Fantastic choices all!  I tend to read LoTR about once every year or so, and have done so since ca. 1982.  During my time at CSU I took part in two marathon readings (for both The Two Towers and The Return of The King) held at Mather Mansion.  I got to read a lot of the Gollum sequences, and was nowhere near as good as what was in the last two films.  Good times nonetheless.

Right now I'm reading At The Corner or East and Now by Frederica Mathewes-Green, and am about to start The Living Bread by Thomas Merton.

N

 

Elisha

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NicholasOhio said:
Right now I'm reading At The Corner or East and Now by Frederica Mathewes-Green....
So am I!  I'm on pg.103 at the moment.  I think she does a great job of weaving theology/praxis (and explaining it) with her narrative, but fails to really keep in mind that the actual praxis/ability of those in her own parish are beginners/amateurs wrt Orthodoxy and just doing their best - considering that she only has a few "cradle" Orthodox in her parish.  I'm enjoying the book - it is very light in reading and reads quickly.
 

BJohnD

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The Spiritual Counsels of Father John of Kronstadt, a 230-page "Reader's Digest" version of My Life in Christ.  I came across this book, a 1960s paperback in British-English translation, one evening before Vespers when I decided to take a peek at our parish's humble little library.  As soon as I opened it I became aware that it was exactly the book I needed to be reading right then, if you know what I mean.  It's an amazing work -- I highly recommend it or any similar distillations of MLIC.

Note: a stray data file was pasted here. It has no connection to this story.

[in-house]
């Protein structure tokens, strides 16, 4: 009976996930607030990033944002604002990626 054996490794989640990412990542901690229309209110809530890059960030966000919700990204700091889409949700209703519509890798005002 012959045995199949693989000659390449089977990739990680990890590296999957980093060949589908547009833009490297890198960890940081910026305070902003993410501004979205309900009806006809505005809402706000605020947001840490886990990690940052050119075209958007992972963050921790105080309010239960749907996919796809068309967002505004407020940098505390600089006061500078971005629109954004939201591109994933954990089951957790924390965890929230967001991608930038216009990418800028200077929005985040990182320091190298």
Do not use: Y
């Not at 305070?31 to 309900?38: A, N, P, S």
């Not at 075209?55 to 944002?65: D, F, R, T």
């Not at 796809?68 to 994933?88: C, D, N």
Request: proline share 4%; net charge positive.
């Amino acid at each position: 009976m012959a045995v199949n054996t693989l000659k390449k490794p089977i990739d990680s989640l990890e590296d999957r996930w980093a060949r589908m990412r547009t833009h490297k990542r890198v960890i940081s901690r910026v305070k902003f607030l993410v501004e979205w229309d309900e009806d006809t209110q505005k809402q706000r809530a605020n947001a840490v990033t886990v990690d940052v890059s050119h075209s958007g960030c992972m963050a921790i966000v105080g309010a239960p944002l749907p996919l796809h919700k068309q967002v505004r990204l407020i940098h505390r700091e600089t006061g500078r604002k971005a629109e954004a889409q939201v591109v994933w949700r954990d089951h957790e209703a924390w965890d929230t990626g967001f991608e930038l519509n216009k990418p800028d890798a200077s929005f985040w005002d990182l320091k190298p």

(The book is old enough for the translator to have noted that while the "political situation" in the USSR had not permitted the MP to glorify St. John, the Church in Exile had done so.)
 

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Recently finished:

Caramelo by Sandra Cisneros (English Version)
Cold Mountain by Charles Frazier
Memoria de mis putas tristes by Gabriel García Márquez

Currently reading:

Apologia Against Those Who Decry Holy Images by St. John of Damascus
Christ in the Psalms by Fr. Patrick Henry Reardon
Mountain of Silence: A Search for Orthodox Spirituality by Kyriacos C. Markides
 

NicholasOhio

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Elisha said:
So am I!  I'm on pg.103 at the moment.  - it is very light in reading and reads quickly.
I'm only on pg. 40 or so.  Just picked up a copy of Facing East as well, but I'm at least a week from being able to start on it.  My list is too long...I'll never get around to everything.

N